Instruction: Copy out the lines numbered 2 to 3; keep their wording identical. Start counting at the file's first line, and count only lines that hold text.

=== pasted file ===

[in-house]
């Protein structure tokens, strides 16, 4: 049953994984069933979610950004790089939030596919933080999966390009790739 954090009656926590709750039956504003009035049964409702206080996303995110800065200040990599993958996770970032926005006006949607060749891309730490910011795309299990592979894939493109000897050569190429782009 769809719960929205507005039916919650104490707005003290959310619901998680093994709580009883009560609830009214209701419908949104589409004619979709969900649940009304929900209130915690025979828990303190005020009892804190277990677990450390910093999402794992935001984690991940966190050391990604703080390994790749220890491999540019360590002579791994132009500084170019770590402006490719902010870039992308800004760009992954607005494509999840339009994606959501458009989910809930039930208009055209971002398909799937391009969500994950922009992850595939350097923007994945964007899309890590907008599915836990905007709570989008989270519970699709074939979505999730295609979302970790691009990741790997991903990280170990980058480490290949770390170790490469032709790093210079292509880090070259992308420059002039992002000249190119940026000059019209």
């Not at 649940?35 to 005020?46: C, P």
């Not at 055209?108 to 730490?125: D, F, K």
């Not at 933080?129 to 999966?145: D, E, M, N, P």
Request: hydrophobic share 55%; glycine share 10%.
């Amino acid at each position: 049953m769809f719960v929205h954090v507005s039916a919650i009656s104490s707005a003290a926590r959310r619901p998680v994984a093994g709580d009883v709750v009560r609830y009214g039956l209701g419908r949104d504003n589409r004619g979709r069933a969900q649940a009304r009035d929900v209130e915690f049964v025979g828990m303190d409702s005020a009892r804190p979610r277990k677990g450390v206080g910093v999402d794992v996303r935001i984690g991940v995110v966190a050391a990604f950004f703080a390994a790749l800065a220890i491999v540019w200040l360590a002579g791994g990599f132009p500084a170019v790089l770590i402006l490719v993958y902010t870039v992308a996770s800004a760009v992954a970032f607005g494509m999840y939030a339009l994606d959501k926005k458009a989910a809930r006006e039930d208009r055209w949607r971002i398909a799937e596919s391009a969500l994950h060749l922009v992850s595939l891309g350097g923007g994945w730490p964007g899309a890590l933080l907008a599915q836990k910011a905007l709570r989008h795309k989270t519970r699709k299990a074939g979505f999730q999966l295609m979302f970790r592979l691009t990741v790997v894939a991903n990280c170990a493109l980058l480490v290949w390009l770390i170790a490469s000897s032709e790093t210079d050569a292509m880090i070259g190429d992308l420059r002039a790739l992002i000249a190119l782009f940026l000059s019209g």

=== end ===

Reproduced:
């Protein structure tokens, strides 16, 4: 049953994984069933979610950004790089939030596919933080999966390009790739 954090009656926590709750039956504003009035049964409702206080996303995110800065200040990599993958996770970032926005006006949607060749891309730490910011795309299990592979894939493109000897050569190429782009 769809719960929205507005039916919650104490707005003290959310619901998680093994709580009883009560609830009214209701419908949104589409004619979709969900649940009304929900209130915690025979828990303190005020009892804190277990677990450390910093999402794992935001984690991940966190050391990604703080390994790749220890491999540019360590002579791994132009500084170019770590402006490719902010870039992308800004760009992954607005494509999840339009994606959501458009989910809930039930208009055209971002398909799937391009969500994950922009992850595939350097923007994945964007899309890590907008599915836990905007709570989008989270519970699709074939979505999730295609979302970790691009990741790997991903990280170990980058480490290949770390170790490469032709790093210079292509880090070259992308420059002039992002000249190119940026000059019209």
């Not at 649940?35 to 005020?46: C, P």